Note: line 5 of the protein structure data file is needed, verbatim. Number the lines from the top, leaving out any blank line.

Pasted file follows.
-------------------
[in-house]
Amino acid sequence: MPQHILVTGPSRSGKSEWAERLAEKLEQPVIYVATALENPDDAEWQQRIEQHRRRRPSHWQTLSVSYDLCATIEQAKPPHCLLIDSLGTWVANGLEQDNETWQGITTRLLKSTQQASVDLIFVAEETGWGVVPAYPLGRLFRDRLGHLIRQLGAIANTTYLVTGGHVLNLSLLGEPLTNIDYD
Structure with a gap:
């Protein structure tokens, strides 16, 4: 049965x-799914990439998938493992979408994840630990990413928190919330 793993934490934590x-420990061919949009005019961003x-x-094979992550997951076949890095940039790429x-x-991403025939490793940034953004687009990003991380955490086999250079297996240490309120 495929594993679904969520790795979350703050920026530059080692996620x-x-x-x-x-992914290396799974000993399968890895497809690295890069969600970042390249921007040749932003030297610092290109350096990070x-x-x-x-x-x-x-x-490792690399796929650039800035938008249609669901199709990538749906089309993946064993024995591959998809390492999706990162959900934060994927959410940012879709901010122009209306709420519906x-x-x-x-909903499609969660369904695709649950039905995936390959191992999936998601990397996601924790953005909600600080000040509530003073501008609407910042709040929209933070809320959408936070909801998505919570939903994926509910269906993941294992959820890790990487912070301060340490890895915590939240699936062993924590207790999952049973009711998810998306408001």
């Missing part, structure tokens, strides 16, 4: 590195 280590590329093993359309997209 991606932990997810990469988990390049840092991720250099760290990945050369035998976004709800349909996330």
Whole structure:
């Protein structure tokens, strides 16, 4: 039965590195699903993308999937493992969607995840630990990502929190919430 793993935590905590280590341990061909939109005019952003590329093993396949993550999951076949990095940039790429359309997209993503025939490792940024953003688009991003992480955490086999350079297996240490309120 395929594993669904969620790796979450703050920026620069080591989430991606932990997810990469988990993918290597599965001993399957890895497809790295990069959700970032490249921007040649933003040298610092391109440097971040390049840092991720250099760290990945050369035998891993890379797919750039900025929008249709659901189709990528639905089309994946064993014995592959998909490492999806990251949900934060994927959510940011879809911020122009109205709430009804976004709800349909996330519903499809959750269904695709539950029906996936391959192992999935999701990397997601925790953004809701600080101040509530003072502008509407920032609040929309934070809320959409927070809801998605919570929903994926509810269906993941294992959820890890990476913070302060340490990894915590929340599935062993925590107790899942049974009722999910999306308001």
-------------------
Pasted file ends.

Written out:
């Missing part, structure tokens, strides 16, 4: 590195 280590590329093993359309997209 991606932990997810990469988990390049840092991720250099760290990945050369035998976004709800349909996330």